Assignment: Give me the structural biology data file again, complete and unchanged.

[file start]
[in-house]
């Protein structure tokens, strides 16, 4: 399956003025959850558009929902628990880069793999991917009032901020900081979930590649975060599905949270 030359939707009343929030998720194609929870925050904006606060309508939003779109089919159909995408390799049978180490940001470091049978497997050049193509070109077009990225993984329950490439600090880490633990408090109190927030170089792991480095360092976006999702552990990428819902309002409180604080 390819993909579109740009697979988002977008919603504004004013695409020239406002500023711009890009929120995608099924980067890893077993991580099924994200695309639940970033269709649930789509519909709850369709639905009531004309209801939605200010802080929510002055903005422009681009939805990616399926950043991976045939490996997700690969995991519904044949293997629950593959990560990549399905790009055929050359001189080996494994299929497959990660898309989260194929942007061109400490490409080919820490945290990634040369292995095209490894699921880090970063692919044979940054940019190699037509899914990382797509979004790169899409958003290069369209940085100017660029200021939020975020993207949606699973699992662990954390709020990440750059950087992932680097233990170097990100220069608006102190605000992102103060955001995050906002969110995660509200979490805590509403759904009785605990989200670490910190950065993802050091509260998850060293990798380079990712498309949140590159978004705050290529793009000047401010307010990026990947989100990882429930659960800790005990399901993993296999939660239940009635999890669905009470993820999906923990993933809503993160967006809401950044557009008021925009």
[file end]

[in-house]
């Protein structure tokens, strides 16, 4: 399956003025959850558009929902628990880069793999991917009032901020900081979930590649975060599905949270 030359939707009343929030998720194609929870925050904006606060309508939003779109089919159909995408390799049978180490940001470091049978497997050049193509070109077009990225993984329950490439600090880490633990408090109190927030170089792991480095360092976006999702552990990428819902309002409180604080 390819993909579109740009697979988002977008919603504004004013695409020239406002500023711009890009929120995608099924980067890893077993991580099924994200695309639940970033269709649930789509519909709850369709639905009531004309209801939605200010802080929510002055903005422009681009939805990616399926950043991976045939490996997700690969995991519904044949293997629950593959990560990549399905790009055929050359001189080996494994299929497959990660898309989260194929942007061109400490490409080919820490945290990634040369292995095209490894699921880090970063692919044979940054940019190699037509899914990382797509979004790169899409958003290069369209940085100017660029200021939020975020993207949606699973699992662990954390709020990440750059950087992932680097233990170097990100220069608006102190605000992102103060955001995050906002969110995660509200979490805590509403759904009785605990989200670490910190950065993802050091509260998850060293990798380079990712498309949140590159978004705050290529793009000047401010307010990026990947989100990882429930659960800790005990399901993993296999939660239940009635999890669905009470993820999906923990993933809503993160967006809401950044557009008021925009």